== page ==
A large solar development to be located on a former Beverly landfill is expected to generate a significant amount of clean, renewable energy and help lower electric bills for the city and its residents.
BlueWave Solar has received approval to lease a 14.36-acre parcel of land from the city in order to install and operate a 4.9 megawatt DC solar photovoltaic system, containing 13,608 modules. The site, located just north of Brimbal Avenue on Route 128, was used as a landfill from 1961 to 1986 and was environmentally “capped” in 1999.
“This solar array is almost 5 megawatts of clean, renewable solar energy,” Beverly Mayor Michael Cahill said. “Any way that we can feasibly host renewable energy is something that we’re looking to do.”
Cahill said signing of a power-purchasing agreement will allow the city to save on electric costs and move, in a significant way, toward decreasing the impact of the municipality’s greenhouse gas emissions.
It is further anticipated that the project will have a community solar component that will allow Beverly residents to offset their own personal electricity costs while participating in a green energy project.
Based on the capacity of the project and the ability for community members to use about 2.5 megawatts total, Myles Fish, community solar business development director for BlueWave Solar, said about 500 households (averaging about 5 kilowatts of usage) could benefit from the savings. And anyone in the area with National Grid electric service would be allowed to sign up to receive credits on their utility bills.
“We have a program, called the Neighbors of BlueWave Program, where we would give [Beverly residents] preference ahead of the queue if that’s something the city was interested in,” Fish explained.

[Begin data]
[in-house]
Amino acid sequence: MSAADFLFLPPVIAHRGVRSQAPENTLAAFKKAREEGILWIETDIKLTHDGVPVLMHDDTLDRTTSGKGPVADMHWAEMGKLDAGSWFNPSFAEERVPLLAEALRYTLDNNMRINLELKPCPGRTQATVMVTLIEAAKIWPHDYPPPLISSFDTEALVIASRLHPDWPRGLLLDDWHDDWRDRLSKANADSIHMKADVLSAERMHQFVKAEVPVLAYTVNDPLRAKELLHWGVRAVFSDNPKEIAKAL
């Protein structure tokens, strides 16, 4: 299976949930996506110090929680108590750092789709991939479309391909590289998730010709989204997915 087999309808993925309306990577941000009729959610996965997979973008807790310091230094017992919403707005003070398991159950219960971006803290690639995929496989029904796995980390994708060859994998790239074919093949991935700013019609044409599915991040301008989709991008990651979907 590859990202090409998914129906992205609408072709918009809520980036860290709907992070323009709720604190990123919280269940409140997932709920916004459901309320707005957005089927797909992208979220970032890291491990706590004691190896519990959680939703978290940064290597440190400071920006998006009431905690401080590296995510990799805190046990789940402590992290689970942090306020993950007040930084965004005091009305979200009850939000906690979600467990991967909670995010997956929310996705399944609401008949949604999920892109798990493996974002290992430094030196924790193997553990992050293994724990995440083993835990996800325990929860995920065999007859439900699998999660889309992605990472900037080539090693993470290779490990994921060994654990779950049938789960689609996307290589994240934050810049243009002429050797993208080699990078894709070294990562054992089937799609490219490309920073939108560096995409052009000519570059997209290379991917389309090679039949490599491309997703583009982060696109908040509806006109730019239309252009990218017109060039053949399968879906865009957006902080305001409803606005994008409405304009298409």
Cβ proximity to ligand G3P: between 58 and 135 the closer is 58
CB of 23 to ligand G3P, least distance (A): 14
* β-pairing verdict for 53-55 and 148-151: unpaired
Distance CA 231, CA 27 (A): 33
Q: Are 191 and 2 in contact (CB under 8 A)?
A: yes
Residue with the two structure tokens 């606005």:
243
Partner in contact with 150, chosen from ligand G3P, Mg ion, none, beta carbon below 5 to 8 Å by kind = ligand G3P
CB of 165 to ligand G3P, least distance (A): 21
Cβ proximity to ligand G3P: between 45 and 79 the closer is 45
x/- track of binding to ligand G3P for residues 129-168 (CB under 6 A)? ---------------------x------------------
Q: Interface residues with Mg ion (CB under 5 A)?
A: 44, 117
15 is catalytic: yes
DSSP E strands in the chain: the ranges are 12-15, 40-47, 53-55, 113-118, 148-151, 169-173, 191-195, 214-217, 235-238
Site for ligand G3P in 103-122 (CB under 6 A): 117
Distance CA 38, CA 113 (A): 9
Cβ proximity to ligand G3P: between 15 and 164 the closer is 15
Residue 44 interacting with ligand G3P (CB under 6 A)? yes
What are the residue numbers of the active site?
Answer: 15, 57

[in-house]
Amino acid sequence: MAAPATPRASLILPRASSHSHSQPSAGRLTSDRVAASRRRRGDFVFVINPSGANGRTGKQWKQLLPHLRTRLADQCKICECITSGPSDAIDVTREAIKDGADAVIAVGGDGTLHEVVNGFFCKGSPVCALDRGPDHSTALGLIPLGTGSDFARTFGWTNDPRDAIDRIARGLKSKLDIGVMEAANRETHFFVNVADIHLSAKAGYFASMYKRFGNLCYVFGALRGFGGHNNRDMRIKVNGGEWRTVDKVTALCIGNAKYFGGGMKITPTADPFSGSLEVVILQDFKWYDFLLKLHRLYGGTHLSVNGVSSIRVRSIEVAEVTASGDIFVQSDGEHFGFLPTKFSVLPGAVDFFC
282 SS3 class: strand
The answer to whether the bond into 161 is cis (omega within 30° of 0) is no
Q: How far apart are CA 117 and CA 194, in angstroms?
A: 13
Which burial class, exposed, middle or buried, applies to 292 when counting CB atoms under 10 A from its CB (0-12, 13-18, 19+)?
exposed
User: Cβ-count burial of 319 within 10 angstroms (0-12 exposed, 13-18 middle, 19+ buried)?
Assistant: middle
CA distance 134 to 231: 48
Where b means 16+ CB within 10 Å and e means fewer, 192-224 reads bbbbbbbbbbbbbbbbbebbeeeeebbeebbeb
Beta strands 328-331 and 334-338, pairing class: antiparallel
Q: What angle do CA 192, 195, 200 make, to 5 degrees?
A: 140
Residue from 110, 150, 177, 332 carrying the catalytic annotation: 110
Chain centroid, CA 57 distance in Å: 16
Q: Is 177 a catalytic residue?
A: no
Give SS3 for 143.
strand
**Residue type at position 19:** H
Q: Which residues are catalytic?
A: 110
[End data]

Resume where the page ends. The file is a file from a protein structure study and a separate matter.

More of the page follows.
The project is also expected to “generate significant revenue for the city in the form of lease and PILOT (payment in lieu of taxes) payments,” according to a letter from the administration to city councilors.
The lease term is 20 years with a five-year renewal term by mutual agreement. The lease payments over the 20-year term will generate over $2.7 million in revenue, and the PILOT agreement will generate $1.225 million in revenue over that same term. Additionally, the city’s anticipated electricity cost savings will be between approximately $930,000 and $1,023,000.
Drew Pierson, senior director of development for BlueWave Solar, said the company was one of the first solar developers in Massachusetts.
“We strongly believe in providing solar access to all different types of off-takers,” he said.
Now that approval has been granted, utility work is expected to continue throughout the end of the year, and project construction is expected to begin within the next month or so.
“This is very much a shovel-ready project, if you will,” Pierson said.
This article originally appeared in the Wicked Local Beverly on Jul. 2, 2019